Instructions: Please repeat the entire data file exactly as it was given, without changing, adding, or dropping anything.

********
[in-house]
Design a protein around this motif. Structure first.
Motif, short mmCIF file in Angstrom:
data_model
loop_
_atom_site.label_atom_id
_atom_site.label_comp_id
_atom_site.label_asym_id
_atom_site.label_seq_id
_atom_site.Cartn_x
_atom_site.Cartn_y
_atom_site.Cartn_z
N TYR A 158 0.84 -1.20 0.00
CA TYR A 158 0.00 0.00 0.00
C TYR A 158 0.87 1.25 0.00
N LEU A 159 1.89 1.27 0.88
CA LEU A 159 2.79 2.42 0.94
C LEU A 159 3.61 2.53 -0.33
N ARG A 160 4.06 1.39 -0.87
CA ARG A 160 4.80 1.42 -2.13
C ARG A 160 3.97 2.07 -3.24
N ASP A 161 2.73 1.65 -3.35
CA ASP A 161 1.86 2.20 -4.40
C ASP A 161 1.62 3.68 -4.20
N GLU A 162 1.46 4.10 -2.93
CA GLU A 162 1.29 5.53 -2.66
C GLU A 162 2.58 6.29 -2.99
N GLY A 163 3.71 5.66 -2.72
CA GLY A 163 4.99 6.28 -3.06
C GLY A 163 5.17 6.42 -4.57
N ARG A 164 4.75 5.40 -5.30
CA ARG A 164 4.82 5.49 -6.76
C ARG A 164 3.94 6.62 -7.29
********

[in-house]
Design a protein around this motif. Structure first.
Motif, short mmCIF file in Angstrom:
data_model
loop_
_atom_site.label_atom_id
_atom_site.label_comp_id
_atom_site.label_asym_id
_atom_site.label_seq_id
_atom_site.Cartn_x
_atom_site.Cartn_y
_atom_site.Cartn_z
N TYR A 158 0.84 -1.20 0.00
CA TYR A 158 0.00 0.00 0.00
C TYR A 158 0.87 1.25 0.00
N LEU A 159 1.89 1.27 0.88
CA LEU A 159 2.79 2.42 0.94
C LEU A 159 3.61 2.53 -0.33
N ARG A 160 4.06 1.39 -0.87
CA ARG A 160 4.80 1.42 -2.13
C ARG A 160 3.97 2.07 -3.24
N ASP A 161 2.73 1.65 -3.35
CA ASP A 161 1.86 2.20 -4.40
C ASP A 161 1.62 3.68 -4.20
N GLU A 162 1.46 4.10 -2.93
CA GLU A 162 1.29 5.53 -2.66
C GLU A 162 2.58 6.29 -2.99
N GLY A 163 3.71 5.66 -2.72
CA GLY A 163 4.99 6.28 -3.06
C GLY A 163 5.17 6.42 -4.57
N ARG A 164 4.75 5.40 -5.30
CA ARG A 164 4.82 5.49 -6.76
C ARG A 164 3.94 6.62 -7.29